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Eucalyptus Cultural Advice


Eucalyptus do not like having their roots disturbed, so do not play about with the root system.

These plants love the heat, will withstand a certain amount of non watering, and best to keep them on the dry side. However, this does not mean you can go away for 2 weeks and expect your young plant to be alive when you return.

We supply these as large plug plants, and just follow the simple instructions as per normal plug plants here :- Potting up plug plants

Eucalyptus varieties are trees, but if planted into a container, will mean they restrict their growth, a bit like a bonsai. They are also known by their common name, gum trees, which are almost entirely Australian. Indeed, these are the trees that koalas eat and spend their lives in. In fact, only a few of the 700+ species recognized by science live entirely outside of Australia’s borders.

This group of evergreen trees (Dont loose their leaves over winter) from down-under have been introduced to countries all over the world, becoming one of the most widely cultivated trees across the world. Interestingly, most of Australia’s ecosystems have evolved with frequent fire hazard regimes, as a result, eucalyptus are generally fire-adapted trees that sprout back strongly after being burned.

Eucalyptus belong to the family Myrtaceae. Common features of eucalyptus include their shaggy bark, also called stringybark, which peels off either year-round or seasonally, depending on the species. These trees have an abundance of stamens, making them flowering trees, unlike pines. Also, they share cup-like flowers that develop into hard seed heads that resemble nuts. Most gum trees have blue-green, leathery leaves that have the menthol-smelling oil of eucalyptol.

Eucalyptus Tree Habitats in the UK

Eucalyptus trees grow best in mild climates, their homeland, is generally not a frigid, snowy landscape like some parts of the UK.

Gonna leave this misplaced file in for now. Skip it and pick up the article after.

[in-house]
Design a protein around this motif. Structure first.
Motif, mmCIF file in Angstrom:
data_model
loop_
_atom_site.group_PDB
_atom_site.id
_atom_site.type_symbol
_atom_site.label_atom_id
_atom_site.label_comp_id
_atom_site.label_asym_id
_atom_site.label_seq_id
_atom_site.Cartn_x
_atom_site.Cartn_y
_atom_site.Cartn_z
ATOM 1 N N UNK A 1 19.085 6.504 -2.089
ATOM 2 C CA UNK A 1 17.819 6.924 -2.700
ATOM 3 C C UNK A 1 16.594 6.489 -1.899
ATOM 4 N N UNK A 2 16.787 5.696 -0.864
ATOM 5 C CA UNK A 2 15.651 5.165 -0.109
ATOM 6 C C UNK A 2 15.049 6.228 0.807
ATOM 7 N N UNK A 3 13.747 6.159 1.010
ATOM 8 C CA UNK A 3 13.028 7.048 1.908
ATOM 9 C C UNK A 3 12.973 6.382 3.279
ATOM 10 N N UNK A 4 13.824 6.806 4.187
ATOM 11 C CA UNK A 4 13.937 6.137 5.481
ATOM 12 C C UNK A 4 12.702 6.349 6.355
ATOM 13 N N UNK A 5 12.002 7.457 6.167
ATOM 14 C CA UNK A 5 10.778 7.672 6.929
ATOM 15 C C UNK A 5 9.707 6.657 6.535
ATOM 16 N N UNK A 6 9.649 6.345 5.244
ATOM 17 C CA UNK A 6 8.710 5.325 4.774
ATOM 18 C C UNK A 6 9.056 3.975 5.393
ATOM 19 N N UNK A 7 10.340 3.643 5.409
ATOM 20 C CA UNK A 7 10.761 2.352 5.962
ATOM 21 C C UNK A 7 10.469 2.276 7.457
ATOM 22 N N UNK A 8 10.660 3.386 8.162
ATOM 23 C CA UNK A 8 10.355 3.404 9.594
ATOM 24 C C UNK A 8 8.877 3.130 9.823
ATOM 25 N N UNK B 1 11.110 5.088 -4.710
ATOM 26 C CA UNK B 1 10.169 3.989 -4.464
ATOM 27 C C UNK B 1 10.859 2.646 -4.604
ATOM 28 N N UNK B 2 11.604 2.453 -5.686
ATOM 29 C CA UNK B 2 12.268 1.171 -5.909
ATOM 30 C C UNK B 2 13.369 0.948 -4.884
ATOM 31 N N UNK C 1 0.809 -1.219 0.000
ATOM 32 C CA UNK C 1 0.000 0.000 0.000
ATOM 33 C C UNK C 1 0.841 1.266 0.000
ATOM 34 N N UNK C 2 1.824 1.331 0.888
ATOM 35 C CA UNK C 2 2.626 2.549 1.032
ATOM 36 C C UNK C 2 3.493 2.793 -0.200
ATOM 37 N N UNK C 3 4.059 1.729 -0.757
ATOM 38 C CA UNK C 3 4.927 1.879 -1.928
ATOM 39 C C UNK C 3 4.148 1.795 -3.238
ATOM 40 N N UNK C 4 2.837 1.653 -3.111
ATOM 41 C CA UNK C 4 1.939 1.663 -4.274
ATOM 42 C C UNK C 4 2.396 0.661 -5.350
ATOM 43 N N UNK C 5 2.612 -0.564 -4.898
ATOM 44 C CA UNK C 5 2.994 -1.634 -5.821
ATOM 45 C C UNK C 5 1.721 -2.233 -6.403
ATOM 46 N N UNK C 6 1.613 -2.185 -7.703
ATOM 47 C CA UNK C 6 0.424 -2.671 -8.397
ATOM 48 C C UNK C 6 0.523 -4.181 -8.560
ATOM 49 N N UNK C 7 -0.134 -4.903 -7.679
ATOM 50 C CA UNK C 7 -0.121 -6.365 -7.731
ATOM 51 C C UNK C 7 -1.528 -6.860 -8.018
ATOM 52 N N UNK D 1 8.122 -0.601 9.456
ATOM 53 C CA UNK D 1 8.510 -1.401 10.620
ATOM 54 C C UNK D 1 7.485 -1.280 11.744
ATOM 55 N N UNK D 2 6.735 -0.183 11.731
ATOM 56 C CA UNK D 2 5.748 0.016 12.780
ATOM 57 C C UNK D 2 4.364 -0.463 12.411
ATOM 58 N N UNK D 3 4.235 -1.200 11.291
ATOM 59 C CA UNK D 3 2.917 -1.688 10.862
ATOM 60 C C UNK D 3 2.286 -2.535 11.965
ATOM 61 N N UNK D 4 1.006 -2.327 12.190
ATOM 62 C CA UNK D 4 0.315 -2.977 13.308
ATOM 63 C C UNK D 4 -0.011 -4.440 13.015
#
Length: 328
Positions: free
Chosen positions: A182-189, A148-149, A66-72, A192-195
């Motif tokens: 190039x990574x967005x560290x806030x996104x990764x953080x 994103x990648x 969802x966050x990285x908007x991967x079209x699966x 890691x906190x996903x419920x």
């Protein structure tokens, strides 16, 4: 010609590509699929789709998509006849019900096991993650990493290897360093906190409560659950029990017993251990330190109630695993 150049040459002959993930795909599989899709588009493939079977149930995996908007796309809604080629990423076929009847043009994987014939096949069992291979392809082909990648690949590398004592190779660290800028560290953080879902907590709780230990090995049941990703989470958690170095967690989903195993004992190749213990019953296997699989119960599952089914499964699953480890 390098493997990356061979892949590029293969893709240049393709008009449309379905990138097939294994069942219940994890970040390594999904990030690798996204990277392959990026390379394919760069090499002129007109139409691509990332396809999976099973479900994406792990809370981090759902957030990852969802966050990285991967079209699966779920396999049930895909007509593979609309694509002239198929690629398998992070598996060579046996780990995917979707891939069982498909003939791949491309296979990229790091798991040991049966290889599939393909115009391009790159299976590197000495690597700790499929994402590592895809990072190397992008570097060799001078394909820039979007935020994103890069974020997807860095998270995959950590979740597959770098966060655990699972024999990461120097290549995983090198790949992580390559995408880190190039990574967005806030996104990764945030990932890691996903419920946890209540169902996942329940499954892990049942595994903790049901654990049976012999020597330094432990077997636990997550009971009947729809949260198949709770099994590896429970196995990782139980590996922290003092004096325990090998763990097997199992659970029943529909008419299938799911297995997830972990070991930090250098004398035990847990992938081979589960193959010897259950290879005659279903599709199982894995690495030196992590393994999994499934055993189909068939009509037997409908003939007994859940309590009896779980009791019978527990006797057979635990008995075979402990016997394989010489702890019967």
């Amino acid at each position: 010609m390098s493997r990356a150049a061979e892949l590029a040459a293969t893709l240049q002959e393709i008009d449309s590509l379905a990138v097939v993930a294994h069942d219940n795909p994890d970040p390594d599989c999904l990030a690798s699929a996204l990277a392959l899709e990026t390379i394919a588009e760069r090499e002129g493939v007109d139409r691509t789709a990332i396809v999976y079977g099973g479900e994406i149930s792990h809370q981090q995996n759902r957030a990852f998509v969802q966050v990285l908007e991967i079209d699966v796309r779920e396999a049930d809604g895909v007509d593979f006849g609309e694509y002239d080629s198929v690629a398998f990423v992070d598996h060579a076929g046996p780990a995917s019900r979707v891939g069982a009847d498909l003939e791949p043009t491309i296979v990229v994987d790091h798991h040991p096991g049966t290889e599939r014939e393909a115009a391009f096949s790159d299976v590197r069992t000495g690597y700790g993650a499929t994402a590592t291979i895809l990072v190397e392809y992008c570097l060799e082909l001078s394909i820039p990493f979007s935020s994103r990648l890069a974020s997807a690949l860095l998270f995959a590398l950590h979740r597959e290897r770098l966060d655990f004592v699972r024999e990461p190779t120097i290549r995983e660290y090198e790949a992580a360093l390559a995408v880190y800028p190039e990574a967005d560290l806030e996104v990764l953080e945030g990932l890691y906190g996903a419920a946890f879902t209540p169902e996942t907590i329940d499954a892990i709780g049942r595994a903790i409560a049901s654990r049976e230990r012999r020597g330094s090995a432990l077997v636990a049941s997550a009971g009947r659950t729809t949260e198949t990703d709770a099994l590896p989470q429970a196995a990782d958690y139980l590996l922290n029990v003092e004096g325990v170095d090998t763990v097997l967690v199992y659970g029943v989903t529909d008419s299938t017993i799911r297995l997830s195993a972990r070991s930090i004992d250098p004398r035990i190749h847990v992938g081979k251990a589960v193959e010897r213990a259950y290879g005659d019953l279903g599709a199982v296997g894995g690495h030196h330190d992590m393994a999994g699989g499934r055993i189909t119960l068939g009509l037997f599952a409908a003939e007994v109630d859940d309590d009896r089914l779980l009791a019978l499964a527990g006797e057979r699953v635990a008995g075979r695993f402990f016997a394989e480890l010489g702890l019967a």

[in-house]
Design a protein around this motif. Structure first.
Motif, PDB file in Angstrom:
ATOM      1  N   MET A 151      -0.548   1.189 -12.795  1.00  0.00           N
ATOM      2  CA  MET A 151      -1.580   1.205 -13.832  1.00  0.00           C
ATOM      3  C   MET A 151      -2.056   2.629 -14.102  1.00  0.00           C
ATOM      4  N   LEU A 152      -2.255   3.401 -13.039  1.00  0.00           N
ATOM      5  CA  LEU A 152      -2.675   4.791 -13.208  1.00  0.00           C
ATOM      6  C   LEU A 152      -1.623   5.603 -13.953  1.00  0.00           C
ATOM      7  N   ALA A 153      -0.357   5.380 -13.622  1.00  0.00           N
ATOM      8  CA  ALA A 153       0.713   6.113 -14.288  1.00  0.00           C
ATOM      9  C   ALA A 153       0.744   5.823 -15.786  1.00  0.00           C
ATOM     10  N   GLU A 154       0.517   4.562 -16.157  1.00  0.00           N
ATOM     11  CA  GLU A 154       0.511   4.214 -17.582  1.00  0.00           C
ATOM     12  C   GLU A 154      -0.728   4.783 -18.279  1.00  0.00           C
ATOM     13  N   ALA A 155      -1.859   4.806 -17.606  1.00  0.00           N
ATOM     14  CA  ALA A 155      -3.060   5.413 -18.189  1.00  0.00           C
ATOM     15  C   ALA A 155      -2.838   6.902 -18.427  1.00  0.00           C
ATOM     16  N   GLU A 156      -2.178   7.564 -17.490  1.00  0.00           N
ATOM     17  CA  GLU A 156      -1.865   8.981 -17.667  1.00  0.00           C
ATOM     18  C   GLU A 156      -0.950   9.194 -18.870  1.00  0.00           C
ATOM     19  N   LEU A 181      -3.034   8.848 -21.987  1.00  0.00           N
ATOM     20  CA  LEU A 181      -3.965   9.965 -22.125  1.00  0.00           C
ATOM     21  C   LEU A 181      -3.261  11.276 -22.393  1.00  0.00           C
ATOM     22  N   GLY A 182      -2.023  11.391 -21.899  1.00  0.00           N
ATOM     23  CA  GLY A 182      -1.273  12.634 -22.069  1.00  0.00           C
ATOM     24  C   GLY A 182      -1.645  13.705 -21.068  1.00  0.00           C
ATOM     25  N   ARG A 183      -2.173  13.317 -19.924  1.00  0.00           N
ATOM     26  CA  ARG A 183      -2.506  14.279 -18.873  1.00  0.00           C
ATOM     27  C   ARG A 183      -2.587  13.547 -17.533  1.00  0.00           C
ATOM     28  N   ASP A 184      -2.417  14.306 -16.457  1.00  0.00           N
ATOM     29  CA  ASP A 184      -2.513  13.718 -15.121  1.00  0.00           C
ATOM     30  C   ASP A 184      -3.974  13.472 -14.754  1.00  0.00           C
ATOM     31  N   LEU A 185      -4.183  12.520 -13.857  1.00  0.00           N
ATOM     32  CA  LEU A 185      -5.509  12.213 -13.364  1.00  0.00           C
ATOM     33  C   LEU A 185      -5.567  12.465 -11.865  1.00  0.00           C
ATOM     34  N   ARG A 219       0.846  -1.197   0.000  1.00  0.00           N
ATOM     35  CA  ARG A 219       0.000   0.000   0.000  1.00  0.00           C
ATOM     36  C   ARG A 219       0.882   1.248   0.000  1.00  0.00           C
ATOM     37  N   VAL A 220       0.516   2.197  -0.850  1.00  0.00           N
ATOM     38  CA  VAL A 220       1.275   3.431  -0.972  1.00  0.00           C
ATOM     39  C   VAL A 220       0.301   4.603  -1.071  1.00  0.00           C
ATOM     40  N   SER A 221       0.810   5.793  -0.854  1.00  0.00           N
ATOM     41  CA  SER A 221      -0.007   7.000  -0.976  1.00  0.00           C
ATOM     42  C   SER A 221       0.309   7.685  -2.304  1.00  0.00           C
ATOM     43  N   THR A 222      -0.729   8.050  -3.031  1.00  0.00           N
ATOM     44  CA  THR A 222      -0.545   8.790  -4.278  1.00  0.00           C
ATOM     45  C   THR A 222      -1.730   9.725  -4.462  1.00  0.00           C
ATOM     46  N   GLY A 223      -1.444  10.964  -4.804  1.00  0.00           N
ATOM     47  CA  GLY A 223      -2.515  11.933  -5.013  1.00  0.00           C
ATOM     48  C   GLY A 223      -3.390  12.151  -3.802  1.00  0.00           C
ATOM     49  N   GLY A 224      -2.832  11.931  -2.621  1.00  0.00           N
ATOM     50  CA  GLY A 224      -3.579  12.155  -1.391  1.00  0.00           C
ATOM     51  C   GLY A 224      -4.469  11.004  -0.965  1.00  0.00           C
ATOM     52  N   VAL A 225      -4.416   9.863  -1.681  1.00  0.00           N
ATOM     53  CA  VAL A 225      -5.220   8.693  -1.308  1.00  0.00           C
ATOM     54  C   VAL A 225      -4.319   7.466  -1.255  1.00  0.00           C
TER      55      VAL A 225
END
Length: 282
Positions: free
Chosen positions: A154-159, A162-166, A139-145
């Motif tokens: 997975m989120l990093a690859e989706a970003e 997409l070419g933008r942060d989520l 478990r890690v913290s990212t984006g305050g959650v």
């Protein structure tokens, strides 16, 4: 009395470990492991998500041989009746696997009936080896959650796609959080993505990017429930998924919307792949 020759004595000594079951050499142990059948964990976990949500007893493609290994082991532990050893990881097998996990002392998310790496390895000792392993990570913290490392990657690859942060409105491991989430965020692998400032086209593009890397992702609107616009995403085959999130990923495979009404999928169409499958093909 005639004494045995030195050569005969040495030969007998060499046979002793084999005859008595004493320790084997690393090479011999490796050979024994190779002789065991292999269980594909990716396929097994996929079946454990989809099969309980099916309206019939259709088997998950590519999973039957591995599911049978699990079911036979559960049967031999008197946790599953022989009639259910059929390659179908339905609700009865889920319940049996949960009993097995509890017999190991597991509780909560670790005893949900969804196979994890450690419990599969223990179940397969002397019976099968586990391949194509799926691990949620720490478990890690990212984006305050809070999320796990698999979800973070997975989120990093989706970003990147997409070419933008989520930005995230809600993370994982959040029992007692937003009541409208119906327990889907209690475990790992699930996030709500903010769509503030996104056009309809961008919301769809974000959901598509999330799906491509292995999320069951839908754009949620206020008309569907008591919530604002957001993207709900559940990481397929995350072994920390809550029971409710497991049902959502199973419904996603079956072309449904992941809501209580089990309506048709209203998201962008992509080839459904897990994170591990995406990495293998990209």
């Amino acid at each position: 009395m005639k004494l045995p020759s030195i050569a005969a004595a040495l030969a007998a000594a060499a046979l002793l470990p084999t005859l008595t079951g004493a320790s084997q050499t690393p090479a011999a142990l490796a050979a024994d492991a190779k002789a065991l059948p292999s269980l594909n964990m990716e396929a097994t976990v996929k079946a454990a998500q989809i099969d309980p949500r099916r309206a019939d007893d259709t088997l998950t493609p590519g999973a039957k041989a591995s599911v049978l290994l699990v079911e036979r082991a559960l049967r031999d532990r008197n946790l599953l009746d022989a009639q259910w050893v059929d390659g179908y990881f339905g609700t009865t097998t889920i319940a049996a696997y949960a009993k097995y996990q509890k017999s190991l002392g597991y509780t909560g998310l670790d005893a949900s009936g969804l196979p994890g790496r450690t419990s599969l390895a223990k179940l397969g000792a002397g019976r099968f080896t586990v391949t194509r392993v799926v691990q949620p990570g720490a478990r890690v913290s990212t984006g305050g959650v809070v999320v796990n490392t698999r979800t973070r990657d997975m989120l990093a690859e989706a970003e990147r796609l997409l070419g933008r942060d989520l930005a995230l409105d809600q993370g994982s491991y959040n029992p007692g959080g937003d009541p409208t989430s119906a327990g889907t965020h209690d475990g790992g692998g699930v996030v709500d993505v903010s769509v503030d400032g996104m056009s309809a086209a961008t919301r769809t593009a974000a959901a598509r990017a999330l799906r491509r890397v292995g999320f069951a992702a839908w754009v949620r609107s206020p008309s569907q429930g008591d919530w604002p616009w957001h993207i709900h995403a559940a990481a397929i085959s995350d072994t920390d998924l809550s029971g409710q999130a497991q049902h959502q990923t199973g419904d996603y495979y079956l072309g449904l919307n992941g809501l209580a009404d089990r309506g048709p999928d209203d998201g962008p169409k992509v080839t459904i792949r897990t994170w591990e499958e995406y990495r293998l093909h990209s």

A small handful of cold-hardy varieties of eucalyptus can grow in areas that experience occasional sub-zero degrees fahrenheit during the winter. These varieties allow citizens of the places like the U.K, to plant eucalyptus.

Eucalyptus love to be in the sunniest places available and do well in nutrient-poor soil. Once established, they tolerate drought very well. Interestingly,  eucalyptus have different leaf shapes depending on the age of the tree, making identification difficult in some situations.

The Many Uses of Eucalyptus Trees

Eucalyptus wouldn’t have spread throughout the world so quickly if it didn’t have such a myriad of uses to us humans. While there are plenty more, here is a shortlist of some of the most important uses for eucalyptus.

Oils

Anyone who has walked in a eucalyptus forest knows the intense, spicey, minty smell the trees produce. This smell mainly comes from the chemical compound eucalyptol, which is found in the green leaves of eucalyptus trees. Eucalyptol is a powerful therapeutic oil. People have used eucalyptus oils for a wide variety
of medicinal uses throughout history. It has antimicrobial properties, meaning it can kill bacteria and microbes. People have also used eucalyptus oil for dental care, respiratory illness, pain relief, as an immune stimulator, and to sterilize equipment. Some people enjoy the scent of eucalyptus and use it in aromatherapy or as a perfume.

Fuel as Firewood

In many highland tropical and subtropical areas of the world, people use eucalyptus as fuel for cooking and heating their homes. Since they grow incredibly rapidly (some varieties grow ten or more feet per year) and don’t need much care, they make ideal firewood trees. East Africa, South America, and Southeast Asia all have extensive eucalyptus stands for firewood use.

Floral Arrangements

Due to their attractive, classy blue-green or grey-green colour, many florists use eucalyptus leaves as fillers for flower arrangements. Gunni, and Silver dollar eucalyptus, with its large, round leaves adds nice volume and interesting shapes to any bouquet. Eucalyptus work especially well in floral arrangements because their leathery leaves don’t wilt. They look fresh for weeks!

An Effective Windbreak

Due to their rapid growth, eucalyptus also make excellent windbreaks for farmers. A windbreak is usually a long hedge or row of trees planted on the windward side of a crop. The windbreak acts as a wall that slows down the wind. Windbreaks help farmers use less water on their crops.

Plants limit their use of water by creating thin layers of humid air around their leaves through transpiration.

Wind rapidly whisks away this humid air and replaces it with dry air. As a result, the plants must use more water to thrive in a windy environment. When farmers reduce wind with windbreaks, plants can keep that layer of humid air around their leaves, and therefore use less water to grow.


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